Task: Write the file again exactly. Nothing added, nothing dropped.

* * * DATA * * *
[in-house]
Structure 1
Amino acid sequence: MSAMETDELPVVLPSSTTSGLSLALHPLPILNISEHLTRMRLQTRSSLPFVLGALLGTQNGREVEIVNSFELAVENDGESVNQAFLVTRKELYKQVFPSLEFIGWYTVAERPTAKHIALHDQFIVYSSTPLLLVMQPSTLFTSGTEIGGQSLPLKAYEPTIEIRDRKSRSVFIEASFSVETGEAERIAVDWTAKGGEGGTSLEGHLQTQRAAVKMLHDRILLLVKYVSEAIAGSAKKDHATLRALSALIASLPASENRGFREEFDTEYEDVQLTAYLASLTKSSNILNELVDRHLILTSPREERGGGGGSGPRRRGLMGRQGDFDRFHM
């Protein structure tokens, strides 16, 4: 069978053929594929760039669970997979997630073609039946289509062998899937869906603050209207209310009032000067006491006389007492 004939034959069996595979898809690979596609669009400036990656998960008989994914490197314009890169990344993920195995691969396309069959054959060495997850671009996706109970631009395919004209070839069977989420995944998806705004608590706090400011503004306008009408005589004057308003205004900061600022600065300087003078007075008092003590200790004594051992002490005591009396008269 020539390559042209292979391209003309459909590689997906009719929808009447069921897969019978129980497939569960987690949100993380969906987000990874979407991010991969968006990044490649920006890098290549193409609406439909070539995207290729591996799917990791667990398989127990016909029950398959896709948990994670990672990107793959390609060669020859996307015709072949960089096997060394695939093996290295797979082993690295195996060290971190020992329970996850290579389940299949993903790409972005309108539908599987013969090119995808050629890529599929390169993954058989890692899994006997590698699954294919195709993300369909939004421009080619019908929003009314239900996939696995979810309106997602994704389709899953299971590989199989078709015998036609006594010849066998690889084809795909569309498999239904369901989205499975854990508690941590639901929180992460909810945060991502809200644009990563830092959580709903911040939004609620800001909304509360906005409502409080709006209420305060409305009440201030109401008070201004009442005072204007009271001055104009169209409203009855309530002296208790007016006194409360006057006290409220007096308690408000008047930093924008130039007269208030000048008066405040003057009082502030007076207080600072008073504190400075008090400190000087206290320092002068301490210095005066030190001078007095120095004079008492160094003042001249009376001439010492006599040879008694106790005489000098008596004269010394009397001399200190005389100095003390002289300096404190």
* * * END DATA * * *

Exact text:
[in-house]
Structure 1
Amino acid sequence: MSAMETDELPVVLPSSTTSGLSLALHPLPILNISEHLTRMRLQTRSSLPFVLGALLGTQNGREVEIVNSFELAVENDGESVNQAFLVTRKELYKQVFPSLEFIGWYTVAERPTAKHIALHDQFIVYSSTPLLLVMQPSTLFTSGTEIGGQSLPLKAYEPTIEIRDRKSRSVFIEASFSVETGEAERIAVDWTAKGGEGGTSLEGHLQTQRAAVKMLHDRILLLVKYVSEAIAGSAKKDHATLRALSALIASLPASENRGFREEFDTEYEDVQLTAYLASLTKSSNILNELVDRHLILTSPREERGGGGGSGPRRRGLMGRQGDFDRFHM
């Protein structure tokens, strides 16, 4: 069978053929594929760039669970997979997630073609039946289509062998899937869906603050209207209310009032000067006491006389007492 004939034959069996595979898809690979596609669009400036990656998960008989994914490197314009890169990344993920195995691969396309069959054959060495997850671009996706109970631009395919004209070839069977989420995944998806705004608590706090400011503004306008009408005589004057308003205004900061600022600065300087003078007075008092003590200790004594051992002490005591009396008269 020539390559042209292979391209003309459909590689997906009719929808009447069921897969019978129980497939569960987690949100993380969906987000990874979407991010991969968006990044490649920006890098290549193409609406439909070539995207290729591996799917990791667990398989127990016909029950398959896709948990994670990672990107793959390609060669020859996307015709072949960089096997060394695939093996290295797979082993690295195996060290971190020992329970996850290579389940299949993903790409972005309108539908599987013969090119995808050629890529599929390169993954058989890692899994006997590698699954294919195709993300369909939004421009080619019908929003009314239900996939696995979810309106997602994704389709899953299971590989199989078709015998036609006594010849066998690889084809795909569309498999239904369901989205499975854990508690941590639901929180992460909810945060991502809200644009990563830092959580709903911040939004609620800001909304509360906005409502409080709006209420305060409305009440201030109401008070201004009442005072204007009271001055104009169209409203009855309530002296208790007016006194409360006057006290409220007096308690408000008047930093924008130039007269208030000048008066405040003057009082502030007076207080600072008073504190400075008090400190000087206290320092002068301490210095005066030190001078007095120095004079008492160094003042001249009376001439010492006599040879008694106790005489000098008596004269010394009397001399200190005389100095003390002289300096404190």